As I sit in the posh auditorium seats of the McGraw Hill conference center at the 2009 Greener Gadgets Conference, keynote speaker Saul Griffith calls me a “planet f**ker.” To be perfectly fair, he starts by calling himself one, and then tells the audience we all are equally at fault for a culture that has each American using 12,000 watts of energy per year. As I sit munching the proffered local and sustainable fruit and yogurt parfait (served in an actual glass dish rather than a disposable container) in a room full of people energized to live green or sustainable lifestyles, I balk at Griffith’s suggestion. I have, after all, just composted my tea bag and wiped my nether regions with post-consumer-recycled toilet paper at this convention.

But Griffith (pictured below) walks us through his obsession with energy consumption, charts only a person with a PhD in physics such as himself could truly appreciate, and shows us just how much energy he used last year. He leaves nothing out — trips to see his mother-in-law, powering his electric toothbrush, his culpability in the energy the U.S. government uses to power our tanks and pave our roads — it's all up there. In the end, we realize that our decisions all have impact, whether we drink organic wine or buy hemp socks. All of us are dumping CO2 in the atmosphere, simply by nature of being American citizens.

Griffith’s name-calling kicks off a full day that aimed to teach a very important message: We need to redefine our sense of sustainability, and we need this to be part of our ethos as global citizens. He suggests heirloom products — a return to an era where companies make such high quality goods that we cherish them as heirlooms and buy once to use for a lifetime, even passing them on to our children.

The message sinks in with conference attendees. I smugly think of my own kitchen, where my husband and I use his grandmother’s Kitchen Aid as happily as she did. But I realize it’s the only such appliance I can ever claim to own. Everything else in my life? Green as it may be, it’s all disposable, from my dying toaster to my elephant-poo paper notebook. At lunch, I sit with a group of women lamenting the loss of repair culture. They discuss Italian shoes they’ve had for 20 years, mourn the closing of their local cobblers, and agree with Griffith that we all need to go to war against our wasteful ways.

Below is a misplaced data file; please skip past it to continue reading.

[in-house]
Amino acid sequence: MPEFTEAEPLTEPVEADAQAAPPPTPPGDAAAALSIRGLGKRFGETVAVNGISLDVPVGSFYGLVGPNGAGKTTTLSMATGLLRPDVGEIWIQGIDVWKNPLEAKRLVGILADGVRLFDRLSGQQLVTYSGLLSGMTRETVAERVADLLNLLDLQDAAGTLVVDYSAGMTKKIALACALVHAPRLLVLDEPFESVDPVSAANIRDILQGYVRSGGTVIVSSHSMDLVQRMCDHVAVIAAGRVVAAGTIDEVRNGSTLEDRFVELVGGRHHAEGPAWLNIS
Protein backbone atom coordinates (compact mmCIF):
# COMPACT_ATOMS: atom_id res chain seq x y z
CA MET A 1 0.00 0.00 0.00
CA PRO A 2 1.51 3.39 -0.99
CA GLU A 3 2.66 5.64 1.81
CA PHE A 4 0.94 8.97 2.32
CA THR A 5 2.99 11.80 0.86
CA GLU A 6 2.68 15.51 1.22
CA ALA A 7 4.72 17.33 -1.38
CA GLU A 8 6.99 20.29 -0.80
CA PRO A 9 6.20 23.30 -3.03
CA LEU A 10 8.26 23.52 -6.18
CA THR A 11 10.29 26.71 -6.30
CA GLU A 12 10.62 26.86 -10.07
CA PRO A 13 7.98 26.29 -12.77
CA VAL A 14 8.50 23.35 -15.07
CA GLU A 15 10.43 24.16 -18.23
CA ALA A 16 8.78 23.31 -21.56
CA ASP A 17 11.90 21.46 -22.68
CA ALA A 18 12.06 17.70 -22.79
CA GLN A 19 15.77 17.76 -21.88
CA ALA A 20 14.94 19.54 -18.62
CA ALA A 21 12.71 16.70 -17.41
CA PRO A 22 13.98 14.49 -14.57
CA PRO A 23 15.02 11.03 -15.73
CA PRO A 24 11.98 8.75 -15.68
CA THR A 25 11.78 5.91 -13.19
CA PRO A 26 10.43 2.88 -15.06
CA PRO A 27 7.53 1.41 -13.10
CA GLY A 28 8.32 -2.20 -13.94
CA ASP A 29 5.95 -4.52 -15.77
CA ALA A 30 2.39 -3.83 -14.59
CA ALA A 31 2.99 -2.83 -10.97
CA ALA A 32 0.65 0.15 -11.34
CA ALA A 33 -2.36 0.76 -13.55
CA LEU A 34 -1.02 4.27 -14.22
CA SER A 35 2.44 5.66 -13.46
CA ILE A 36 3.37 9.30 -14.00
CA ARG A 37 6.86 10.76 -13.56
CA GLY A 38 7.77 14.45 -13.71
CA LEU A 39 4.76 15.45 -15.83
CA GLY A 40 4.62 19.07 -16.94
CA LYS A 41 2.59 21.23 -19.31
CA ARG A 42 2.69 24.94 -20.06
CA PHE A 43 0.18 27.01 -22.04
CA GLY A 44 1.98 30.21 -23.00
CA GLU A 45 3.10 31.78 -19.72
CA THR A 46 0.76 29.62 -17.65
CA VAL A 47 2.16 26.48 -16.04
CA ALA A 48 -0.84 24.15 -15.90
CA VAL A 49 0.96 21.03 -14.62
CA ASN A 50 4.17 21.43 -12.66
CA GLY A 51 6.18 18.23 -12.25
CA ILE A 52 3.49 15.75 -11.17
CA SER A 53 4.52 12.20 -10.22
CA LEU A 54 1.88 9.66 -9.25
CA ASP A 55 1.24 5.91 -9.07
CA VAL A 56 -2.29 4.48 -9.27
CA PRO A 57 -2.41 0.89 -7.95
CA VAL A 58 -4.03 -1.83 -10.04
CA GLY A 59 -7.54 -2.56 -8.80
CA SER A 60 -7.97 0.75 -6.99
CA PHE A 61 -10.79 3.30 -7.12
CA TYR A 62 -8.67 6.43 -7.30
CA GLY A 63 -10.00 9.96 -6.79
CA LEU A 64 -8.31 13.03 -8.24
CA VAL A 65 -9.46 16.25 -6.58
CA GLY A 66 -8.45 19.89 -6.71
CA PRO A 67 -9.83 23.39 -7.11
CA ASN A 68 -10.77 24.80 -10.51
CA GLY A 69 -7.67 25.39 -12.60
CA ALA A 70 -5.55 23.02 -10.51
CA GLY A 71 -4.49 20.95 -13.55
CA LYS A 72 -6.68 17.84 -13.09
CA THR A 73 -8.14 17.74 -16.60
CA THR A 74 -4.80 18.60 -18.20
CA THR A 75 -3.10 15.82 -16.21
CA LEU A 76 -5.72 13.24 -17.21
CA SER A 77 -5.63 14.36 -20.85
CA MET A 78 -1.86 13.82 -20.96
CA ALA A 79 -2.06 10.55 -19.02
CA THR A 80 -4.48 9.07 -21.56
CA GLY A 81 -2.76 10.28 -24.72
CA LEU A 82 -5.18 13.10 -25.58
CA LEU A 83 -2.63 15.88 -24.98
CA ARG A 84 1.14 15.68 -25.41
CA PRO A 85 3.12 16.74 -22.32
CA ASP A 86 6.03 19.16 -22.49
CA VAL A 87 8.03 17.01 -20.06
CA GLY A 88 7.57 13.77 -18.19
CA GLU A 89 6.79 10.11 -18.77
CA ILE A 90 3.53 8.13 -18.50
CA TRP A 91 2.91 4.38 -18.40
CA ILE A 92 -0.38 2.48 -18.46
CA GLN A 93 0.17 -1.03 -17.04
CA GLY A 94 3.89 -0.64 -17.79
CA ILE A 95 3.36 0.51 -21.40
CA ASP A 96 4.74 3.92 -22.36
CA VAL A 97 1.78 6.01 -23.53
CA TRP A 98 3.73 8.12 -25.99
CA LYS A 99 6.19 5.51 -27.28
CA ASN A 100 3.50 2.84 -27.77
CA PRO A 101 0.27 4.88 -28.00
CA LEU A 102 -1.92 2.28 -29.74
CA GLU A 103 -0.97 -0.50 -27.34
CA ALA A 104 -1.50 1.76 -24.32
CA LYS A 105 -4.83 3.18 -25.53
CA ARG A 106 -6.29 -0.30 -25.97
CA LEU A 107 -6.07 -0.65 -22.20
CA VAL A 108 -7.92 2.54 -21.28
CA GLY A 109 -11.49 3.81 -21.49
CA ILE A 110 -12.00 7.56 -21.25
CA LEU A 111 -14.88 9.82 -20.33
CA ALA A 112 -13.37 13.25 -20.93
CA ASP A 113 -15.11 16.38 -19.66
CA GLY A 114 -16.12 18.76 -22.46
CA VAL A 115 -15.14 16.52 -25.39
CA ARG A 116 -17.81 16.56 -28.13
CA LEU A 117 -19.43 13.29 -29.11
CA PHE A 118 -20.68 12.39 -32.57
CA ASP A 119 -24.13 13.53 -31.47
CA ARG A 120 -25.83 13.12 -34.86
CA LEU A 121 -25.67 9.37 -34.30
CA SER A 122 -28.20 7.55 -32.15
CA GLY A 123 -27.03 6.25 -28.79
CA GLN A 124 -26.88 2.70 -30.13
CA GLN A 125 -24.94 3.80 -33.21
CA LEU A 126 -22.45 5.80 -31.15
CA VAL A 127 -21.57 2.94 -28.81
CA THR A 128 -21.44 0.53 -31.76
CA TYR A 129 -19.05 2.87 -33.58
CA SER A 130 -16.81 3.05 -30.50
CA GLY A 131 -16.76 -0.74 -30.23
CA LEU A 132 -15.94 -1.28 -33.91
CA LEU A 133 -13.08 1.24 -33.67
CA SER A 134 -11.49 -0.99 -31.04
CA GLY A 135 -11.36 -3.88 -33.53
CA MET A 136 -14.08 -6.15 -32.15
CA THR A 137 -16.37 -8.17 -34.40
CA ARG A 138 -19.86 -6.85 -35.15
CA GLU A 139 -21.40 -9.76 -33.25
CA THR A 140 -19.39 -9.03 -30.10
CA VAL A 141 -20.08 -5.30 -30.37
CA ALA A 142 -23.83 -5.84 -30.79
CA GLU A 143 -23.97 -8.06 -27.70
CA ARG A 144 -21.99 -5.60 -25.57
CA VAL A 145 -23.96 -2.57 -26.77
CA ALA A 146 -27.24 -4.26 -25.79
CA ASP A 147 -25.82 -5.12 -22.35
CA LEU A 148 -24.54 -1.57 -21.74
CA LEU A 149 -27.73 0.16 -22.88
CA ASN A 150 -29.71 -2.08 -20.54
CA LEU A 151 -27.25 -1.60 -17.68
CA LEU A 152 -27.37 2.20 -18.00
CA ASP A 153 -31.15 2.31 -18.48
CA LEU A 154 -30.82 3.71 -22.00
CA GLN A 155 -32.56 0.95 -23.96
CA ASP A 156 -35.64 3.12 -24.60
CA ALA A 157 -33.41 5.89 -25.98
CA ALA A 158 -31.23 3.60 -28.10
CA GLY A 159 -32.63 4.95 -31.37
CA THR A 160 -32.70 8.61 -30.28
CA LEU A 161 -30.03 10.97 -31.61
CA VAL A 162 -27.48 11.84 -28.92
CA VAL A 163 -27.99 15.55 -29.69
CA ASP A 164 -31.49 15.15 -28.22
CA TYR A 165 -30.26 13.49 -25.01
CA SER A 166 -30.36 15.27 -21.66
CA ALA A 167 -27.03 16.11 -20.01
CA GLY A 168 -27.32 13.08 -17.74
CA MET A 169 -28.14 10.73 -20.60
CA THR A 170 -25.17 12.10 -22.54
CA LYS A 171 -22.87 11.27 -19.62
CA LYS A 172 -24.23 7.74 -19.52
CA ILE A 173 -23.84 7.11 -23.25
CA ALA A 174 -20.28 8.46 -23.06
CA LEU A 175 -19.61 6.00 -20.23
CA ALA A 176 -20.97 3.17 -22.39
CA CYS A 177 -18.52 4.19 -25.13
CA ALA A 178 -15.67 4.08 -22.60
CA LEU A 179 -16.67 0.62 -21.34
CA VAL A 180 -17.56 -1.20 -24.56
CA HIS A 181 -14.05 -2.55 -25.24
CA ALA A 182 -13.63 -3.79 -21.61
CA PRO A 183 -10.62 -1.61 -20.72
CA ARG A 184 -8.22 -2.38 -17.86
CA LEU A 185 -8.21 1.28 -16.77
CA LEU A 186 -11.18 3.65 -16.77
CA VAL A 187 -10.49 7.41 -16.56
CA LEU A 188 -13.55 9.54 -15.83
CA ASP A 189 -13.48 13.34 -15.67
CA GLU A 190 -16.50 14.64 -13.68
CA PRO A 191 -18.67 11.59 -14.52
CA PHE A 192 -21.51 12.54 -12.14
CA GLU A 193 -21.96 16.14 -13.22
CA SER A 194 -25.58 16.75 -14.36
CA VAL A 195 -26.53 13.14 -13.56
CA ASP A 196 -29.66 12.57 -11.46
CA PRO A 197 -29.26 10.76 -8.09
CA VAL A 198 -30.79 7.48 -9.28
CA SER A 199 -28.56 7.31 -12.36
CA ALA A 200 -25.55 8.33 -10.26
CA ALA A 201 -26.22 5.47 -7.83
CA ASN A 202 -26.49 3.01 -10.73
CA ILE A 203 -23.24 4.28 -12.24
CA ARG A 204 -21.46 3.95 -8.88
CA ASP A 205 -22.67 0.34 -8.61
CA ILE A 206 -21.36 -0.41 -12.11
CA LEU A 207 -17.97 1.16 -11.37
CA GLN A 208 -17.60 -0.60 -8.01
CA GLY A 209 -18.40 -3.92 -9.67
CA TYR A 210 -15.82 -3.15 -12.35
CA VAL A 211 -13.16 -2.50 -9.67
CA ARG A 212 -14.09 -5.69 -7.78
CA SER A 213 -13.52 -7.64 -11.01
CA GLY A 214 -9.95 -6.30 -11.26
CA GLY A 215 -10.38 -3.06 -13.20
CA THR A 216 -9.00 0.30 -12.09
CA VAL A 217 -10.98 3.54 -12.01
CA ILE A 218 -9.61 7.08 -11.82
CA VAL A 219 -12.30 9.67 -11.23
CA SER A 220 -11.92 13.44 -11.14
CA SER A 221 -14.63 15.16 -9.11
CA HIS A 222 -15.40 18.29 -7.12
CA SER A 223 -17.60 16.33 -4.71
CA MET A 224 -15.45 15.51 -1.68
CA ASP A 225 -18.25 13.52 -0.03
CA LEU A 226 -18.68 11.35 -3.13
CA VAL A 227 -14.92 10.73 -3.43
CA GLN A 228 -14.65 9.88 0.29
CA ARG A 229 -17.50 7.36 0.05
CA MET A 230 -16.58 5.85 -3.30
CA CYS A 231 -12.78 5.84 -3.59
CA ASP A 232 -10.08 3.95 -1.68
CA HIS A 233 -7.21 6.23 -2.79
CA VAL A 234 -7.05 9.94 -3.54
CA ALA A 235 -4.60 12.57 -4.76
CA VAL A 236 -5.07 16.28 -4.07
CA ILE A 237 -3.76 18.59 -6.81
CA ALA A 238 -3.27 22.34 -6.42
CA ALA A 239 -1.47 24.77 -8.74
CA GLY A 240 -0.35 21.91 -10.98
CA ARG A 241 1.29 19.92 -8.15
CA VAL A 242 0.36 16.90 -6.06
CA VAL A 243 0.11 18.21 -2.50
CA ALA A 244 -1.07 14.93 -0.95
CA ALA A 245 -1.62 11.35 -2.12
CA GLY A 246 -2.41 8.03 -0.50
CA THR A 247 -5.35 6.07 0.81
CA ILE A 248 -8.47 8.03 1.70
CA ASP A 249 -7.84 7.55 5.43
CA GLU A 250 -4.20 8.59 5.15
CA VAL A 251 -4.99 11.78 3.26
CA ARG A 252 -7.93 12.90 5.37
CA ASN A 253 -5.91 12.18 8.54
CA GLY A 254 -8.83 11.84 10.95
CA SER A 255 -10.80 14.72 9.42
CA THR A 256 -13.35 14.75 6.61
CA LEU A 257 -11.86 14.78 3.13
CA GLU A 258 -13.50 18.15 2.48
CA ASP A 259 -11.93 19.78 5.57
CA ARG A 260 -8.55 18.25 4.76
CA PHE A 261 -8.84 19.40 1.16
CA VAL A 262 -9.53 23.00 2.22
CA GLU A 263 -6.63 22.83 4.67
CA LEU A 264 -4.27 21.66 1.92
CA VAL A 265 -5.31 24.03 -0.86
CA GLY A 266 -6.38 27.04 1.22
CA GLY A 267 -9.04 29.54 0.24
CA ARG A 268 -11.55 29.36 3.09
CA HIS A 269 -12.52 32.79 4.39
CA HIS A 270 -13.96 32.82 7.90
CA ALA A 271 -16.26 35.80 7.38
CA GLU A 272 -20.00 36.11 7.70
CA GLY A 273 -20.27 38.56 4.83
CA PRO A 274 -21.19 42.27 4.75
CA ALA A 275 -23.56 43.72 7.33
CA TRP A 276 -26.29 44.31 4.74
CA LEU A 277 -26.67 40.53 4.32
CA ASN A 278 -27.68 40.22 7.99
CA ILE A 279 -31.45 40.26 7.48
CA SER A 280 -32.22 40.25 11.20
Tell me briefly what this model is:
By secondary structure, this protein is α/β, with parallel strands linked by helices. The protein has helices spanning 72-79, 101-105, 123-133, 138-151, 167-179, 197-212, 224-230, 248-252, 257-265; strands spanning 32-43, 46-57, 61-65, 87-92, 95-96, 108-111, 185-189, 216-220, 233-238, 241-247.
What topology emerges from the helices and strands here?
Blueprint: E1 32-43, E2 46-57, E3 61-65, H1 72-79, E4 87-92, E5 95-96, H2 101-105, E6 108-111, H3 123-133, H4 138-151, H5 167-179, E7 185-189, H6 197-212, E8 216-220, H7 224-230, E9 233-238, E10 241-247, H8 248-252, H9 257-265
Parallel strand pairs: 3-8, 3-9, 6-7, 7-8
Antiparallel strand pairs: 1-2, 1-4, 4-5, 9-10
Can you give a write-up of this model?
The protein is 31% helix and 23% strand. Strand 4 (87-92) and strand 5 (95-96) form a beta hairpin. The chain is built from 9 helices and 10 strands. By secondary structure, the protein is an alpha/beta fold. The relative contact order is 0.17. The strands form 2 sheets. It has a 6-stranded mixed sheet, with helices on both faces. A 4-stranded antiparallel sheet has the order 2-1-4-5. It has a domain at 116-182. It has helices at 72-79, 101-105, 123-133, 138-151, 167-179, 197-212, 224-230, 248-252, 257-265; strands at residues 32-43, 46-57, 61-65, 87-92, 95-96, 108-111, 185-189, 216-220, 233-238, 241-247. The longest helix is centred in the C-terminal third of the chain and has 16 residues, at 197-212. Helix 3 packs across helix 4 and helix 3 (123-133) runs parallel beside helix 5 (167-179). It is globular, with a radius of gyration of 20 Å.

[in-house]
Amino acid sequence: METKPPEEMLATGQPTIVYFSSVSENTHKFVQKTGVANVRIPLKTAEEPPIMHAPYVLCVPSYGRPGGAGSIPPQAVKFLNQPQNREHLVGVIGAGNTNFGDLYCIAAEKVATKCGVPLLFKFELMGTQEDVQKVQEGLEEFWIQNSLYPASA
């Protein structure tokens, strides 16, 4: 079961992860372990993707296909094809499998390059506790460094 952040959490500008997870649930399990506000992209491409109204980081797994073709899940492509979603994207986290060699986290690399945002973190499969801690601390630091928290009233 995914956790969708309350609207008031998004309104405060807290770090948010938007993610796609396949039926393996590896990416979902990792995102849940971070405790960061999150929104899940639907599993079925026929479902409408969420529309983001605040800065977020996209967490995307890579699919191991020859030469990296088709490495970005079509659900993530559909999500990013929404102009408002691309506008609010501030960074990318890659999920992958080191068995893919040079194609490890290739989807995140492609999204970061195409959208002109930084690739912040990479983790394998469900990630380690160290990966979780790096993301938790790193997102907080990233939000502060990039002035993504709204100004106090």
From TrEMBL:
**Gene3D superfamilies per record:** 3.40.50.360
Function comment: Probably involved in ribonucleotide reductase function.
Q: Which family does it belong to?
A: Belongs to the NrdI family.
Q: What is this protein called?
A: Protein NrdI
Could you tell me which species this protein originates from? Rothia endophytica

Rahul Sharma, North American vice president of Freeplay Energy, takes the stage later in the afternoon to reinforce this notion. “Green” and “sustainable” are becoming buzzwords, overused, and lead consumers to think only of what the products are made of. Unfortunately for us, there is no more “away” to throw either our used up mercury-free batteries or the CO2 emitted in making our solar panels. We need to focus on the entire life cycle of the things we consume, including the ways these products or procedures affect the human lives around us.

A product’s greenness or sustainability would then become a bi-product of a truly thoughtful design, Sharma implied. His co-panelists discussed solar flashlights that enable African farmers to deliver live animal babies after dark or help U.S. troops navigate the night terrain of Afghanistan. Or playgrounds using reclaimed tires that supplement math curriculum in schools. Because of the thoughtful design of these products, they improve countless lives around the world, but they also make sense from a sustainability standpoint. Emily Pilloton of Project H Designs asked the audience to always consider the people in everything we create.

We absorbed this message along with the crudités (served on compostable Harvest Collection plates) as we watched the design competition, where speakers and attendees discussed and voted on the greenest gadget design. It is little surprise we selected the Tweet-a-watt via an iPhone applause meter as the day’s big winner. This device seemed to satisfy every aspect of the conference’s presentations. It encourages users to modify their energy consumption by publicly posting their watt use on Twitter. The design is communal, as creator Ada Limor puts online everything you need to know to make your own -- or improve upon her initial invention. Rather than use resources to make something new, Limor repaired/adapted an existing wattmeter. By all accounts, a great kick-off to end our collective over-consumption and rethinking sustainability.

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